TEI header


Each Brill publication carries with it a considerable amount of information about the work itself, its source, its revisions, and (if applicable) its encodings and schemas. The purpose of this information – sometimes called metadata – is to make the work accessible and discoverable for scholars who use it, applications that process it, and librarians that catalogue it. To achieve this purpose, such information is declared in a formal way. In TEI, this is done in the TEI header.


See TEI Guidelines Chapter 2 The TEI Header.


Each TEI conformant XML file consists of a metadata section, called TEI header, and a section for one or more texts, the <body>. The TEI header describes the encoded work and so documents the text itself, its source, its encoding, and its revisions.

The TEI header is tagged as <teiHeader> and has five major parts:

  • a file description, containing a full bibliographical description of the file. The XML file can be regarded as the primary manifestation of a work (usually a text) when it is created directly and firstly in XML. This is the case for most Brill MRWs. However, some Brill MRWs are digitations of existing works, e.g. primary source publications or conversion projects,. In such case, the file description describes the digitization effort, not the original work.
  • an encoding description, containing information how the source (if any) was encoded or analyzed. Brill uses this to provide information about the file structure, the required CSS version (to render the HTML generated from the XML), and multiple font renderings.
  • a description of the text profile containing classificatory and contextual information about the text, used mainly by Brill to provide abstracts, language information, and keywords.
  • a container element allowing the inclusion of metadata from non-TEI schemes such as MARC (MARCXML or MODS) or Dublin Core.
  • a revision history used for version control.

The following subsections discuss each of these parts.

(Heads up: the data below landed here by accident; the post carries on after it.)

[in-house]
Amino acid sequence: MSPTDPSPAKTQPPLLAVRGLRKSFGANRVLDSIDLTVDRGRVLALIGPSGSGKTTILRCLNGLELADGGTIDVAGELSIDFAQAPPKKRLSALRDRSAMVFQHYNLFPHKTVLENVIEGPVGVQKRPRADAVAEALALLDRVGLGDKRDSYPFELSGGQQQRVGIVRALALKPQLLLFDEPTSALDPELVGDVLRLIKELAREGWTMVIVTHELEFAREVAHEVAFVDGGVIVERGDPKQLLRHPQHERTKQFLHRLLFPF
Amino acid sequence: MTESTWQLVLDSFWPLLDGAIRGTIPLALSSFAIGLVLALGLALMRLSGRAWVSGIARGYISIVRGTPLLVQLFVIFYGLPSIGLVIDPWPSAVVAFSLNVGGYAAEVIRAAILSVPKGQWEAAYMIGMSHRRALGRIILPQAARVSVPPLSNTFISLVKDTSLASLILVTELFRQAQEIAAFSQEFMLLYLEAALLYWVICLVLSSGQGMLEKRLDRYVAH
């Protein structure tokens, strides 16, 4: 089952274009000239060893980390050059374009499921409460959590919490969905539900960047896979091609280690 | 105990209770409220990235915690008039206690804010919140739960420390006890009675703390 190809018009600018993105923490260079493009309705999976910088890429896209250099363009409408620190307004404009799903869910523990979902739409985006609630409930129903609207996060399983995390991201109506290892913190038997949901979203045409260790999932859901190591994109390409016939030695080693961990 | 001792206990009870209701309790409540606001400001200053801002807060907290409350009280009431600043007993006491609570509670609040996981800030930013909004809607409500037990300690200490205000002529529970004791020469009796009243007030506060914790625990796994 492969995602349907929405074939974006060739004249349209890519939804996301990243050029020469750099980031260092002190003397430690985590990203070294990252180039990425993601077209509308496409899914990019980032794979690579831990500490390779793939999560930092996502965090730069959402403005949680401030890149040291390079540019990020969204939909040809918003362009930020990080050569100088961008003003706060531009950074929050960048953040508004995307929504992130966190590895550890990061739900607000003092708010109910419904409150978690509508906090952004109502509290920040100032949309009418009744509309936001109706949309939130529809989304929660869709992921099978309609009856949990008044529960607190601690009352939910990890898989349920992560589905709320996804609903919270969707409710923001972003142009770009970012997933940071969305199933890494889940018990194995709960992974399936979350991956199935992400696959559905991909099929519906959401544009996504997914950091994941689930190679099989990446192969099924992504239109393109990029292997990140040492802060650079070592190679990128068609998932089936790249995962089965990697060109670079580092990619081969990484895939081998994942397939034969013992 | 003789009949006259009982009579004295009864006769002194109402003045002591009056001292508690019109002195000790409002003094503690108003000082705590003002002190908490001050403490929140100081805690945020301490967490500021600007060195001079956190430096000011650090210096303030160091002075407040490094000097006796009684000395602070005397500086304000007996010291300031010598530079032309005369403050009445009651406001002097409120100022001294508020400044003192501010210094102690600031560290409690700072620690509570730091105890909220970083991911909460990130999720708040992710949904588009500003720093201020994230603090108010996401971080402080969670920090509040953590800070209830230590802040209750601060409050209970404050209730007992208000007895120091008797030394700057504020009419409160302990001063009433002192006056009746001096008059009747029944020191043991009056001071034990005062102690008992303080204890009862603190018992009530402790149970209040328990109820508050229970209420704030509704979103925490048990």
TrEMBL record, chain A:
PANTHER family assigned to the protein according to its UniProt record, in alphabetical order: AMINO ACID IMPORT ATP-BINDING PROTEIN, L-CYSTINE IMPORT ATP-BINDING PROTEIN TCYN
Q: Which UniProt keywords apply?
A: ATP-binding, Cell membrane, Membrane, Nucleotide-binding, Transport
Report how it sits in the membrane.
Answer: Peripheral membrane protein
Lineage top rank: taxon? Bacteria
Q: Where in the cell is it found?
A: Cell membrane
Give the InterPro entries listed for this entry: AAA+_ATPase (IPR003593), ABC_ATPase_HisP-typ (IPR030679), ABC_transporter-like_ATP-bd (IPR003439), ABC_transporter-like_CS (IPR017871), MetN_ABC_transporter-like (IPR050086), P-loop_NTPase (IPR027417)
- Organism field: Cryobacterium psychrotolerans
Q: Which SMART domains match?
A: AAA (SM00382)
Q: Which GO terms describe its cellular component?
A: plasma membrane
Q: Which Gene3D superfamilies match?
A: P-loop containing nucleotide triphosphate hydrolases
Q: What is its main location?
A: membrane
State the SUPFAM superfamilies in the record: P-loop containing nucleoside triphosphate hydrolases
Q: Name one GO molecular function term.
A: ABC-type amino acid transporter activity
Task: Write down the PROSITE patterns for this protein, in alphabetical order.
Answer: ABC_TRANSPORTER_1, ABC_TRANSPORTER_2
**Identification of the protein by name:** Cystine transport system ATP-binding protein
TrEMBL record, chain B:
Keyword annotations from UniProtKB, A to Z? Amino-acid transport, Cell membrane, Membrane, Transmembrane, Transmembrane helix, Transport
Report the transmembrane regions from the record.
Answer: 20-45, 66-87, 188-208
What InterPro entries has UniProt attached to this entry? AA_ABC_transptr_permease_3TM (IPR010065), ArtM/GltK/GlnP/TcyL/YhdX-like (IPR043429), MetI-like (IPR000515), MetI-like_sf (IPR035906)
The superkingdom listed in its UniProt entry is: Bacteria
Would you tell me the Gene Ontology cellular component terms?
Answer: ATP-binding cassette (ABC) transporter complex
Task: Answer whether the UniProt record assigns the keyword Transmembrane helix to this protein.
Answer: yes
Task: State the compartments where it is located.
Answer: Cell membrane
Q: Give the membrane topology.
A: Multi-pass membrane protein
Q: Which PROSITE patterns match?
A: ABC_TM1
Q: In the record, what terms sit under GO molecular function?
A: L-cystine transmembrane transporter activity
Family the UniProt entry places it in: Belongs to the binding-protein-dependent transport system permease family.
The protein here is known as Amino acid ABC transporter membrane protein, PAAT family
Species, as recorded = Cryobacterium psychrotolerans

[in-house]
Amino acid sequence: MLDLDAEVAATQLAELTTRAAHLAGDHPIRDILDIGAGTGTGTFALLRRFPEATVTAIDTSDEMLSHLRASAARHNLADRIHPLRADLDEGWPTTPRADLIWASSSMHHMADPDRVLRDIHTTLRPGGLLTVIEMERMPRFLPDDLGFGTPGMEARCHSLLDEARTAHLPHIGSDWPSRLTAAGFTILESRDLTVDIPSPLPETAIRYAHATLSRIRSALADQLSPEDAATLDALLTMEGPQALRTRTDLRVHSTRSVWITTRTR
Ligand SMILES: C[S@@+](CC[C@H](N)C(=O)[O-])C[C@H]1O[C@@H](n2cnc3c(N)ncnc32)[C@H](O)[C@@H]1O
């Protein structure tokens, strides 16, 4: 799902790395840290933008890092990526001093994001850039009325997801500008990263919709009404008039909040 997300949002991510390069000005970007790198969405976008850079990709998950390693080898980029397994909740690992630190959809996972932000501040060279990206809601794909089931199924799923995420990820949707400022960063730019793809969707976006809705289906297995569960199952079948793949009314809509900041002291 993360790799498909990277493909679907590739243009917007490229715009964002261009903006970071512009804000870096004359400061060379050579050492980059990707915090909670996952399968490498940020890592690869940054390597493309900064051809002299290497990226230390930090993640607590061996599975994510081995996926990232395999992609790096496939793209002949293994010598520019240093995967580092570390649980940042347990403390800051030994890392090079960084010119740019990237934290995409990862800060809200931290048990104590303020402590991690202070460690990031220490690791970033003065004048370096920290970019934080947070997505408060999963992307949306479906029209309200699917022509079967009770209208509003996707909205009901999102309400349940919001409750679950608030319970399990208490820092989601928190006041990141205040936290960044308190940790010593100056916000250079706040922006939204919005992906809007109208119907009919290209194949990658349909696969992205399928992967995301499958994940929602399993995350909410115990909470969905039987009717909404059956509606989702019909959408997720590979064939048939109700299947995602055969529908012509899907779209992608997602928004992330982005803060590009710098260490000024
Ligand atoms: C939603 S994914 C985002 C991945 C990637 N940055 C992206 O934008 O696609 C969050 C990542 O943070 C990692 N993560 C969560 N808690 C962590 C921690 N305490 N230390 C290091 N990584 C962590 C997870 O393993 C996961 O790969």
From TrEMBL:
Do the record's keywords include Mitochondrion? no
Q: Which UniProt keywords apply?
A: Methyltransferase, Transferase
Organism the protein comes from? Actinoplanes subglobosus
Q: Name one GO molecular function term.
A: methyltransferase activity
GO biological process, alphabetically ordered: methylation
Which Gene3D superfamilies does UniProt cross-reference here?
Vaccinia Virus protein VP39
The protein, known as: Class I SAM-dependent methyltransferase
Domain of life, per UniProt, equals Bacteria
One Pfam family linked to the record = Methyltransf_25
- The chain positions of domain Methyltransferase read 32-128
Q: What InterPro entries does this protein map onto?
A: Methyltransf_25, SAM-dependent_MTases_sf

Brill needs to record bibliographical data concerning its publications. The TEI element <fileDesc> in the <teiHeader> is the place to do so. This element is mandatory.

The name of the element <fileDesc> suggests a "file description", but is a description of the work manifested in the file rather than of the file itself. This is because the file, an XML file, can occur in multiple places in the production and publication workflow; and it is the work that interests its users, not the file. Note that <fileDesc> does not describe previous or other manifestations of the work. Within the <fileDesc> element, TEI has three large components: <titleStmt>, <publicationStmt>, and <sourceDesc>. Their use by Brill is explained below, starting with the title statement.


See TEI Guidelines Chapter 2.2 The File Description. As always, TEI offers a host of options. For reasons of simplicity and uniformity, Brill chooses a minimum number of generic elements based on concrete needs.

Explanation – Title Statement

Brill uses <titleStmt> to store information about (1) the title of the publication in <title>; (2) the author or editor in <author> or <editor>; (3) the funder in <funder>. "Publication" in this context is usually an entry in a reference work. For the author, first name and last name are recorded in <forename> and <surname>, as well as some identifier, such as ORCID, VIAF or ISNI in @ref. Funder is currently not used – hence the value "placeholder" is currently used as default – but is expected to gain importance as Open Access becomes more wide-spread. No doubt funder name and identifier will be recorded, particularly the FundRef ID.

A @level attribute to <title> indicates that the publication is a part of a greater whole: an entry in a reference work. TEI uses the value "a" (for "analytic") in these cases. This value, and the encoding of bibliographic data in general, is covered in more detailed in the section on bibliographies.

A further attribute, @sortKey, indicates the sort order of the title if it contains non-alpha-numerical information or if a special sequence is required. This information is not attached to <title> but to an additional (and otherwise empty) element, <idno>, which also carries a @type="sort" attribute.

The title statement may further contain a <respStmt> element, stating who else was involved in the publication, e.g. the person responsible for the translation or the digitization.

Example – Title Statement

    <title level="a">Philological and Historical Commentary on Ammianus Marcellinus XXII</title>